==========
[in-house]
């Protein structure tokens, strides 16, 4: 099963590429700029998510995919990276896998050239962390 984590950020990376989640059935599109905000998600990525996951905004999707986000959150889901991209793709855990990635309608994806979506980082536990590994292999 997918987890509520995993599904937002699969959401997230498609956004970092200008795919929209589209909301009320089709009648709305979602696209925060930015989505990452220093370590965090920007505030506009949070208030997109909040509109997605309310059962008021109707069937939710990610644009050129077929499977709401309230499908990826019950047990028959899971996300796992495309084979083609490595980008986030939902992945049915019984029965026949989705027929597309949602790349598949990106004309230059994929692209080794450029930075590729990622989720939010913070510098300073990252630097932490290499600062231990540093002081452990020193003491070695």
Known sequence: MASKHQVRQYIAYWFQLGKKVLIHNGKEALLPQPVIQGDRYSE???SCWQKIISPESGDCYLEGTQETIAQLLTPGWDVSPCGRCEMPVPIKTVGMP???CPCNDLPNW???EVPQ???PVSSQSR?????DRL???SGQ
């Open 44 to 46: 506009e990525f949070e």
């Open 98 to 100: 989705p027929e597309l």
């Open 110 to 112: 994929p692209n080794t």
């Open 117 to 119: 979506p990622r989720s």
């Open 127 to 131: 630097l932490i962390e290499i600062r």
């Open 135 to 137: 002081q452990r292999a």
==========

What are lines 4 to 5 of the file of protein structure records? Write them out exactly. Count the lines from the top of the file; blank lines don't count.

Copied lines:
């Open 44 to 46: 506009e990525f949070e």
């Open 98 to 100: 989705p027929e597309l």